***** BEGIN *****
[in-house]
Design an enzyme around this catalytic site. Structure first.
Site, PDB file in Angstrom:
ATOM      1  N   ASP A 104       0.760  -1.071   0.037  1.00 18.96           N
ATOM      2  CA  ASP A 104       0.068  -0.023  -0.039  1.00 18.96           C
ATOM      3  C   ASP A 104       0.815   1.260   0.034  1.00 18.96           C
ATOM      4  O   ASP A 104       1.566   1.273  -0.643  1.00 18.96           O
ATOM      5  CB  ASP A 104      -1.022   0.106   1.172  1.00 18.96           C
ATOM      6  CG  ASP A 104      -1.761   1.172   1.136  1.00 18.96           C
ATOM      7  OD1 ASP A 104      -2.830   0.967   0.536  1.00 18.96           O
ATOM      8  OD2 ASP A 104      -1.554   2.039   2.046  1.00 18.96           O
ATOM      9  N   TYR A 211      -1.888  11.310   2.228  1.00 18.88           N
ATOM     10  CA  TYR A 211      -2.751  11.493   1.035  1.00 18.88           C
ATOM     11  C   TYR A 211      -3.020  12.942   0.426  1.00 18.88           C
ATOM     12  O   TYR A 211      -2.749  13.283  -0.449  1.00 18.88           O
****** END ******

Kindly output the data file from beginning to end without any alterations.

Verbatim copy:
[in-house]
Design an enzyme around this catalytic site. Structure first.
Site, PDB file in Angstrom:
ATOM      1  N   ASP A 104       0.760  -1.071   0.037  1.00 18.96           N
ATOM      2  CA  ASP A 104       0.068  -0.023  -0.039  1.00 18.96           C
ATOM      3  C   ASP A 104       0.815   1.260   0.034  1.00 18.96           C
ATOM      4  O   ASP A 104       1.566   1.273  -0.643  1.00 18.96           O
ATOM      5  CB  ASP A 104      -1.022   0.106   1.172  1.00 18.96           C
ATOM      6  CG  ASP A 104      -1.761   1.172   1.136  1.00 18.96           C
ATOM      7  OD1 ASP A 104      -2.830   0.967   0.536  1.00 18.96           O
ATOM      8  OD2 ASP A 104      -1.554   2.039   2.046  1.00 18.96           O
ATOM      9  N   TYR A 211      -1.888  11.310   2.228  1.00 18.88           N
ATOM     10  CA  TYR A 211      -2.751  11.493   1.035  1.00 18.88           C
ATOM     11  C   TYR A 211      -3.020  12.942   0.426  1.00 18.88           C
ATOM     12  O   TYR A 211      -2.749  13.283  -0.449  1.00 18.88           O